Thank you very much for your guidance and support, and I look forward to working with you in the future.
All the best,
Your phone call should express similar thoughts. Always be sure to personalize the conversation based on your experience and relationship with the individual. Anyone that played more of a minor role in your hiring process deserves an email informing them that you’ve accepted as well. The basic elements of your email should include:
- Thanking them for their help during the process
- Informing them that you have accepted your offer
- Stating your excitement to join the organization
- Asking for any advice or next steps you should take to prepare to join the organization
You can use the script above, or you can create a custom email template that includes each of the elements above. Always be sure to edit and proofread. Once you accept your offer, it’s the beginning of your career, which means it’s time to continue building your personal brand and professional relationships.
How To Decline an Offer
While accepting an offer will be a great feeling, declining an offer can be a bit less fun. However, declining an offer is an excellent opportunity to build your personal brand and maintain relationships with the people in the organization. There are two different ways that you will want to handle declining an offer:
- When the job, organization, industry, culture, or other aspect is simply not a good fit for you
- When you have decided to take a competing offer that simply beat out the one you have chosen to decline.
Declining Because It’s Not a Good Fit
In the first case, there is nothing the organization could have done to make you want to take the offer. In the second case, the organization’s offer has simply been beat by another employer that represented a better fit for you. In either case, you always want to maintain the relationship, so giving them the courtesy of formally declining the offer is extremely important.
You should decline the offer as soon as you have accepted another offer or made a definitive decision not to accept. While the conversation may be a bit uncomfortable, it’s inconsiderate and poor business etiquette to delay after making the decision. When you’re ready to formally decline, call your main point of contact and send an email to each of your other points of contact in the organization.
One question that often comes up at this point: why would you spend so much time to simply decline an offer? The answer lies in The Five Principles of Networking Success. You can build your brand and prove your integrity by giving the simple courtesy of correspondence. Based on this approach the next question is: what do you say when you call or email?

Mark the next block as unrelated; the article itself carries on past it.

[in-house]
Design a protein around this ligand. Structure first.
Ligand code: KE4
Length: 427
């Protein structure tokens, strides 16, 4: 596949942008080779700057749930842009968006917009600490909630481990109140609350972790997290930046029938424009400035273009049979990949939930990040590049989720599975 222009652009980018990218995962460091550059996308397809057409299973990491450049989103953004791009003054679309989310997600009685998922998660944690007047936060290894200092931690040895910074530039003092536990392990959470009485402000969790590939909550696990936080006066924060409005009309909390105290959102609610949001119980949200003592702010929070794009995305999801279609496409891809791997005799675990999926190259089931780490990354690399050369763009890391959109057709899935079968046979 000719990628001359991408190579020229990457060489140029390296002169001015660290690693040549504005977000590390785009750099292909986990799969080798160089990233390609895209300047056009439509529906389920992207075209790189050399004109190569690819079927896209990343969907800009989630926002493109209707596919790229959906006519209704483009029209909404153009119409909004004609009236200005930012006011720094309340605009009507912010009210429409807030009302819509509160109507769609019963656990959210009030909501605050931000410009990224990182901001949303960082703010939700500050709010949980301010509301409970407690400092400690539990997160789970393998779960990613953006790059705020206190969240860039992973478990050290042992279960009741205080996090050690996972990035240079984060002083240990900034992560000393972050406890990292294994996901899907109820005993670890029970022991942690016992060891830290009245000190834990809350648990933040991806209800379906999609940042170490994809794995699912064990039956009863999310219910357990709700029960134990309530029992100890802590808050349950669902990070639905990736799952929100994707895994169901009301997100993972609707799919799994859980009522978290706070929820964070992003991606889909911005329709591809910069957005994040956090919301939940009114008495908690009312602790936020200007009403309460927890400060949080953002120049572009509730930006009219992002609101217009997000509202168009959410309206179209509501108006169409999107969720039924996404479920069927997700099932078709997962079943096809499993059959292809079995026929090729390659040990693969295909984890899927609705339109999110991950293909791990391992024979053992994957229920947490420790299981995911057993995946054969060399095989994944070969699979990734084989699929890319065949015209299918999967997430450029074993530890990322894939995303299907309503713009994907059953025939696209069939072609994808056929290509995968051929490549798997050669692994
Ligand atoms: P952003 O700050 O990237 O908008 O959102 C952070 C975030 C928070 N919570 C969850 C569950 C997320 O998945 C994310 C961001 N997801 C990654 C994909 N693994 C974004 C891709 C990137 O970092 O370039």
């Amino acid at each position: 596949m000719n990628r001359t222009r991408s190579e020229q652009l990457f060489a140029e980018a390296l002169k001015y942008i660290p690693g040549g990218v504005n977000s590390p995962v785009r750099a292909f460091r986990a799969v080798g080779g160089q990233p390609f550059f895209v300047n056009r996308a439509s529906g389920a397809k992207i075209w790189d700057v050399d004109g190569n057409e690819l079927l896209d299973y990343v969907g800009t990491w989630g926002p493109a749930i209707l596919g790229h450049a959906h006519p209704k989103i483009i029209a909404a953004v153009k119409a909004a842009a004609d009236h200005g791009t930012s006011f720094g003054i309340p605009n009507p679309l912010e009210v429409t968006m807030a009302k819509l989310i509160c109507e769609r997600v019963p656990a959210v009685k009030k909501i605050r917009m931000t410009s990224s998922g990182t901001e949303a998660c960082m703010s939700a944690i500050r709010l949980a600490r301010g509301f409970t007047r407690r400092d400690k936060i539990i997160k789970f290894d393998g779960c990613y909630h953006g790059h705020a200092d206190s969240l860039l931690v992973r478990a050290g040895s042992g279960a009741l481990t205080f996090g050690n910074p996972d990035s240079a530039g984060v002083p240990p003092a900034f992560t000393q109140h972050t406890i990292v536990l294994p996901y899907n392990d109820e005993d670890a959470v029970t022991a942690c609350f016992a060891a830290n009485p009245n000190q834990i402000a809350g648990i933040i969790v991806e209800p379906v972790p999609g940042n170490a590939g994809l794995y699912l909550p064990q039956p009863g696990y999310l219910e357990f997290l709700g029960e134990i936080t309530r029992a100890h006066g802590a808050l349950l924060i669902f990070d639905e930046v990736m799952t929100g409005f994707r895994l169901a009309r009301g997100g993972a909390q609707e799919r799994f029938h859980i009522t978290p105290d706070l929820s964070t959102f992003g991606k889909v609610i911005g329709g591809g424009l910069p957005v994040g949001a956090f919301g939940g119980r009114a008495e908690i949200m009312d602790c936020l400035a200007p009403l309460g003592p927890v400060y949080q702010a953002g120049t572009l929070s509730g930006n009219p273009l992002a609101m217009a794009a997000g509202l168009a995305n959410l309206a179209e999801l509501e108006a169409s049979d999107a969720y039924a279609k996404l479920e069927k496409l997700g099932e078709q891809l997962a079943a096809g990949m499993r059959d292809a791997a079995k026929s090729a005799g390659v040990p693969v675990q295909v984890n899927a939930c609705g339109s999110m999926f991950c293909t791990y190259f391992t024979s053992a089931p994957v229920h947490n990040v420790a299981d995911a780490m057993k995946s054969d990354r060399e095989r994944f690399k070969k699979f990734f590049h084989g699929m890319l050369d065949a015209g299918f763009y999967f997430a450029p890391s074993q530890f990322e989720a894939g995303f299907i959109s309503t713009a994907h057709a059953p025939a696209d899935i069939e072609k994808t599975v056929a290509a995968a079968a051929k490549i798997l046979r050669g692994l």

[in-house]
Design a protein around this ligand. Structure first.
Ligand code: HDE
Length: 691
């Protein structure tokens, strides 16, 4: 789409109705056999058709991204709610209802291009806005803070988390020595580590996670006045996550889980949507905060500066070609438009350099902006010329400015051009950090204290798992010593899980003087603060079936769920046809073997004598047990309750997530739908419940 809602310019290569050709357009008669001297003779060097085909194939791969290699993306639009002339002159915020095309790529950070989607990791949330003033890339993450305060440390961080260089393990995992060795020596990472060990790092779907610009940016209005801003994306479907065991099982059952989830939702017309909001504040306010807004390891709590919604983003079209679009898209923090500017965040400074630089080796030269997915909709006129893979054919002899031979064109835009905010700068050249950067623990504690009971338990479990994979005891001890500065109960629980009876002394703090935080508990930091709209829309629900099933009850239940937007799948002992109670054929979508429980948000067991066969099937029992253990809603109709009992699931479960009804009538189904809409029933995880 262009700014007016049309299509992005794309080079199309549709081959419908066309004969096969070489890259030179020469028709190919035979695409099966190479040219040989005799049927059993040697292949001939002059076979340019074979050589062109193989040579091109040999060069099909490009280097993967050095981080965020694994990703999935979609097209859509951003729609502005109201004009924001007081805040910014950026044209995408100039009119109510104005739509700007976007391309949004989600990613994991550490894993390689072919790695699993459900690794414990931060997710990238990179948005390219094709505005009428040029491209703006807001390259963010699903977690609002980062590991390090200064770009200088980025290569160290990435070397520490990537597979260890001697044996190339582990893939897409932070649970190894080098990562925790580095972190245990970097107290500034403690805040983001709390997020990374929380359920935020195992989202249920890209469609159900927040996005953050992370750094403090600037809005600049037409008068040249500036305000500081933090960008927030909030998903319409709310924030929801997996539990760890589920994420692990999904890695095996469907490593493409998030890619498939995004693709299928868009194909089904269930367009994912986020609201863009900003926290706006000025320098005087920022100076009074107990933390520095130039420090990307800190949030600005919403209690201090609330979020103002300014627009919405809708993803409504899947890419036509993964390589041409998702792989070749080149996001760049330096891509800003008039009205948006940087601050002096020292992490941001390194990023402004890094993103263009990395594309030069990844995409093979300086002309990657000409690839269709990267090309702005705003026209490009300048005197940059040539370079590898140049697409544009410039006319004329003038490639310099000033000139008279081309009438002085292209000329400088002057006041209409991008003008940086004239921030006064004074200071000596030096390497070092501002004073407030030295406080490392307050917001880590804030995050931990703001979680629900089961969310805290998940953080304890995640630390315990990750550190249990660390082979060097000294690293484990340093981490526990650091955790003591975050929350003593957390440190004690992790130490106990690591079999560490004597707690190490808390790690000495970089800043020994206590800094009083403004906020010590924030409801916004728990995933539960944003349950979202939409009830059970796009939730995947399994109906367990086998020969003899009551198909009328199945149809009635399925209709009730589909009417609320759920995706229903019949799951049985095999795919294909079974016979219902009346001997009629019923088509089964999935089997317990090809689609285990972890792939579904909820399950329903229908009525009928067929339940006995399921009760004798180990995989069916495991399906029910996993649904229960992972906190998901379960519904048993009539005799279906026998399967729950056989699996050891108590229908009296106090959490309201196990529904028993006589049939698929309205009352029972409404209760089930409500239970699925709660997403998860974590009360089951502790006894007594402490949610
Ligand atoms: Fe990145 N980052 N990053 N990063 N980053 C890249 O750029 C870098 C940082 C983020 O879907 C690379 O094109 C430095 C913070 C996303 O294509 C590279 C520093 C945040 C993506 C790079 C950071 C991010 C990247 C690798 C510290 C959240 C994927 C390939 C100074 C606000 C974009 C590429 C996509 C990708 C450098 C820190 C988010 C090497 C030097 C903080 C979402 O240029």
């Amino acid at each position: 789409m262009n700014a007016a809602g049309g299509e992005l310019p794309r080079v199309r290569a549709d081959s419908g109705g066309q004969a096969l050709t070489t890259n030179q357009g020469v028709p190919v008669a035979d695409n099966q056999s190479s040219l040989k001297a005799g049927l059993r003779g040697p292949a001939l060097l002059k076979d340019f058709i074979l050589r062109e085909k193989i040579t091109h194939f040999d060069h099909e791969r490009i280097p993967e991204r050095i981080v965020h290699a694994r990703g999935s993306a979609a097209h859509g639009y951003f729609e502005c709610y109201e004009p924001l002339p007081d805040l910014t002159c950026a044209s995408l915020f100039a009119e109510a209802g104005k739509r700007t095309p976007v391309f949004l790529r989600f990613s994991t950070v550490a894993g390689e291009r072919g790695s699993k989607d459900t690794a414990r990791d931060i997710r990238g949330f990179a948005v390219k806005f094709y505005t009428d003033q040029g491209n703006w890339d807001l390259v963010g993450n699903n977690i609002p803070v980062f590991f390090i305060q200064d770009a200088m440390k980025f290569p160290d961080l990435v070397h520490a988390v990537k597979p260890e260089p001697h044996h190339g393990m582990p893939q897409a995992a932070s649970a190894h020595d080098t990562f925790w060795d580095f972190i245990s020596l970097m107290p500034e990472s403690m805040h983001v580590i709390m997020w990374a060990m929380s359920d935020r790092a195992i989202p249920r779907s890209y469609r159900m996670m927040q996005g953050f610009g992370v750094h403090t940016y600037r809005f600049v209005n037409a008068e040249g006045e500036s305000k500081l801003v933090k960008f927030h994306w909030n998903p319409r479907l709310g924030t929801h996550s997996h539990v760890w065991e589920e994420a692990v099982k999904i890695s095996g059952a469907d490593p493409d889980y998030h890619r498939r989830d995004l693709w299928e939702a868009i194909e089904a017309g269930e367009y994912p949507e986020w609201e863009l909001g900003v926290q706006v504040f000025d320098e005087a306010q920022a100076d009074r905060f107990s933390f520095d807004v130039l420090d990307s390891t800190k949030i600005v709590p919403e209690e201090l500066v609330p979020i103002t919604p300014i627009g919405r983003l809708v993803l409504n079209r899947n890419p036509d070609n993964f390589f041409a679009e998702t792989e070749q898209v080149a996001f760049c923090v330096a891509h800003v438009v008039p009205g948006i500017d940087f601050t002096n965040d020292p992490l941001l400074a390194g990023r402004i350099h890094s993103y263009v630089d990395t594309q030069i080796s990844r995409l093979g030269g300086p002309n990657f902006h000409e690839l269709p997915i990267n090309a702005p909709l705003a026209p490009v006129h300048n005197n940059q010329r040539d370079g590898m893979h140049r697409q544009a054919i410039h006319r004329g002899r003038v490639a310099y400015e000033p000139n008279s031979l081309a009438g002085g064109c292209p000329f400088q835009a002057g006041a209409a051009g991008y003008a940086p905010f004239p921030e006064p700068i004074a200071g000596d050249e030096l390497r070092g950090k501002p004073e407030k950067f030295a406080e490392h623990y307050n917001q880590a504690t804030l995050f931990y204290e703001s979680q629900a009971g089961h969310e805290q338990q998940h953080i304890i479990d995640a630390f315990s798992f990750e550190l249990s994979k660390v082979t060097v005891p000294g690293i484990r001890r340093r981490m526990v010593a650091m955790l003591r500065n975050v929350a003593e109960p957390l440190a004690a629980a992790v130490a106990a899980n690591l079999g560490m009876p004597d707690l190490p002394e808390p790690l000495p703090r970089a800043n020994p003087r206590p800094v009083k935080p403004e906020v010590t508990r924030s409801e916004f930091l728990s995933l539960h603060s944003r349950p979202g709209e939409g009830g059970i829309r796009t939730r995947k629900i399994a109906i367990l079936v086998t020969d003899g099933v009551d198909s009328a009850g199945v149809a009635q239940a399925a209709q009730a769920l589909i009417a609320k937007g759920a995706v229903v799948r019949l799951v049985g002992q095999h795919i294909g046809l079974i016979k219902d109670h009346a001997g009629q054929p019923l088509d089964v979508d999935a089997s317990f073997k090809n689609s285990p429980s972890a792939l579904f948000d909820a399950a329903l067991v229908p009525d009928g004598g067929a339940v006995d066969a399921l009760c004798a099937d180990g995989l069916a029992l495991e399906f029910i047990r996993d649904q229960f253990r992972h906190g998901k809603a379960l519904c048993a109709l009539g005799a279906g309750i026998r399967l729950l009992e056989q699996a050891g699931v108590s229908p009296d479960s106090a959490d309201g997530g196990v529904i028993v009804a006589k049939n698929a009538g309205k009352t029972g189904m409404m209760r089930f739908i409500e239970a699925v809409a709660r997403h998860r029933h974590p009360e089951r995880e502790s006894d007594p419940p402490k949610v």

Something like this will do just fine:
“Hi, [name], this is [your name] calling in response to the job offer I was excited to receive from your organization. I am calling to let you know that I have decided to not to accept the offer because [and then insert your reason for declining].”
Your reason will be personal and unique, but here is an example:
“I have decided to accept a competing offer that I feel best fits my current professional and personal goals.”
“I do not believe that I am a good cultural fit for the organization.”
You will know the reason better than anyone, so be sure to be honest but professional. That means you should not say “I did not think the offer was any good.” OR “I’m not excited about your organization.” In your emails to the professionals other than your main point of contact, be sure to include the following points:
- Thank them for their time and help.
- Tell them that you are declining the offer.
- Give them your reasoning for declining.
- Tell them you would appreciate the opportunity to stay connected.
- Tell them to let you know if you can ever do anything to help them reach their goals.
Declining Because of a Non-Negotiable Offer
The second case in which you will decide to decline an offer is because the organization said the offer is non-negotiable. In this case, you should make your reasoning clear when you decline by saying:
“I am sorry to say that I have two specific concerns related to the offer you have kindly extended me to join your organization. Due to the fact that the offer is non-negotiable I will have to decline at this time.”
In this case you would state this reasoning only to your main point of contact. In the majority of cases they will simply accept your reasoning and move on. In rare cases, your final decision (either verbal or written) may trigger a decision to negotiate with you.
In case you are given the opportunity to obtain what you want from the offer, you should be prepared to conduct the negotiation. However, if you receive a call or email to negotiate, reschedule for a time when you are able to have your minimum requirements in front of you and you are able to prepare appropriately for the discussion. When you email the secondary contacts you’ve made in the organization, you should simply state that you have declined the offer and then include the same main points we covered previously.